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China's COVID protests highlight need to protect Chinese diaspora, says rights expert

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Ottawa | December 7, 2022 11:30:33 AM IST
Human rights activists in Canada are calling on Justin Trudeau's government to support the Chinese diaspora following Beijing's alleged attempts at influence campaigns in foreign countries, especially in the wake of recent protests in China and abroad, against its stringent covid policies.

The Canadian government should be cautious when dealing with the Chinese government, according to Canada-based rights activist Wester Yang, as quoted by Canada's Global News network.

"We are dealing with a gangster regime who is not willing to follow international laws, it is not a regular state that understands Canadian values," said Yang, who is the chief director of the non-profit youth organization the Assembly of Citizens.

The calls for greater scrutiny of China's actions in Canada come amid protests against Beijing's zero-Covid policy in US and Canada and controversy surrounding the overseas "Chinese police stations."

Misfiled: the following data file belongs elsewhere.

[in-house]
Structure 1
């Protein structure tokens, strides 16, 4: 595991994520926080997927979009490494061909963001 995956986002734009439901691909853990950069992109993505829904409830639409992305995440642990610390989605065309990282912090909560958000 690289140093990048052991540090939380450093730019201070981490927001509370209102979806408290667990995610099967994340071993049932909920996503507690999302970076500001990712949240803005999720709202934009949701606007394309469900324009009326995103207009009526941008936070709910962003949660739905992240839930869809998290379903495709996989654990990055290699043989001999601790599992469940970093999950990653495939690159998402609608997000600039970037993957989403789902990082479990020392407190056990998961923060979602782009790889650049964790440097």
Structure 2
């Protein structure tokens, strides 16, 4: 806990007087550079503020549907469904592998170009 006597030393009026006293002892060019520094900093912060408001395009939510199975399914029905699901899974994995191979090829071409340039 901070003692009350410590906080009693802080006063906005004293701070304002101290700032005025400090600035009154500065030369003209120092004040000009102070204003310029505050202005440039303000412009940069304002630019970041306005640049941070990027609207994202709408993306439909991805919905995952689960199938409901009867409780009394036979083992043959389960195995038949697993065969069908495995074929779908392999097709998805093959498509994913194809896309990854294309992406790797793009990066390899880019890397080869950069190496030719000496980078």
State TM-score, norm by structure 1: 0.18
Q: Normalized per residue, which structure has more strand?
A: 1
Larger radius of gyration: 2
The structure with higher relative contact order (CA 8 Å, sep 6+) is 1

The Chinese diaspora organized a series of protests against the zero-Covid policy in the US and Canada, following similar protests in China. Dozens of such protests were held recently in major Universities across North America.

Protests were also held in front of the Chinese Consulate in New York, in which more than hundreds of Chinese Diaspora participated and chanted slogans against the Chinese government. Notably, several participants of these protests wore masks to conceal their identities in order to avoid possible targeting by the CCP for their participation in the protests.

This bid to hide identity comes as dozens of additional overseas Chinese "police service centres" have been found around the world, including at least two more in Canada, CTV News said citing a human rights organisation report.

The same report said that the total number of documented "stations" now stands at 102 in 53 countries.

In a new report 'Patrol and Persuade' released on Monday, the Spain-based non-governmental organization Safeguard Defenders said it used open source statements from People's Republic of China authorities, Chinese police and state media to document at least 48 additional 'police' stations.

"This is on top of the 54 stations revealed in September, bringing the total number of documented centres to 102 in 53 countries. Some host countries also have co-operated in setting up these centres," the television network article said citing Safeguard Defenders.

It said the stations are accused of targeting Chinese nationals living abroad, particularly those who allegedly committed crimes in China, in order to coerce them to return home. (ANI)

 
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